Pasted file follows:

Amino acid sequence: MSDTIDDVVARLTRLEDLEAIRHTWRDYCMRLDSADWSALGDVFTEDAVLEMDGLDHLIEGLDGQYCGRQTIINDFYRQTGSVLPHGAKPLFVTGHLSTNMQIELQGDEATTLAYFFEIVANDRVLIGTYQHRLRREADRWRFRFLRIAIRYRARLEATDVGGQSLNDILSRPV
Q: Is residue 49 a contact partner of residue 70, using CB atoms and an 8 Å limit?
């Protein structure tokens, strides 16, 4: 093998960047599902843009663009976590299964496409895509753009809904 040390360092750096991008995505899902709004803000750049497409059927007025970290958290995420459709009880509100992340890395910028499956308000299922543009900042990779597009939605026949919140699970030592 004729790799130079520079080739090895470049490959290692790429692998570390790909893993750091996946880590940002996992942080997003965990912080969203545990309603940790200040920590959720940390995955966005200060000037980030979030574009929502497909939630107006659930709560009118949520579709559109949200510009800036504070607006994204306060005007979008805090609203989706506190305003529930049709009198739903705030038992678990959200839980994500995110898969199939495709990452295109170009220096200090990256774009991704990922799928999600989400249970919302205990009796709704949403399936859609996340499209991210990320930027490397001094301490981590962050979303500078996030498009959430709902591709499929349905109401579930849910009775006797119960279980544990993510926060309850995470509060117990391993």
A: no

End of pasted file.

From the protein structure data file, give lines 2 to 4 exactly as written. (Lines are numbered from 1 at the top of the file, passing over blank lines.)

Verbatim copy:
Q: Is residue 49 a contact partner of residue 70, using CB atoms and an 8 Å limit?
């Protein structure tokens, strides 16, 4: 093998960047599902843009663009976590299964496409895509753009809904 040390360092750096991008995505899902709004803000750049497409059927007025970290958290995420459709009880509100992340890395910028499956308000299922543009900042990779597009939605026949919140699970030592 004729790799130079520079080739090895470049490959290692790429692998570390790909893993750091996946880590940002996992942080997003965990912080969203545990309603940790200040920590959720940390995955966005200060000037980030979030574009929502497909939630107006659930709560009118949520579709559109949200510009800036504070607006994204306060005007979008805090609203989706506190305003529930049709009198739903705030038992678990959200839980994500995110898969199939495709990452295109170009220096200090990256774009991704990922799928999600989400249970919302205990009796709704949403399936859609996340499209991210990320930027490397001094301490981590962050979303500078996030498009959430709902591709499929349905109401579930849910009775006797119960279980544990993510926060309850995470509060117990391993």
A: no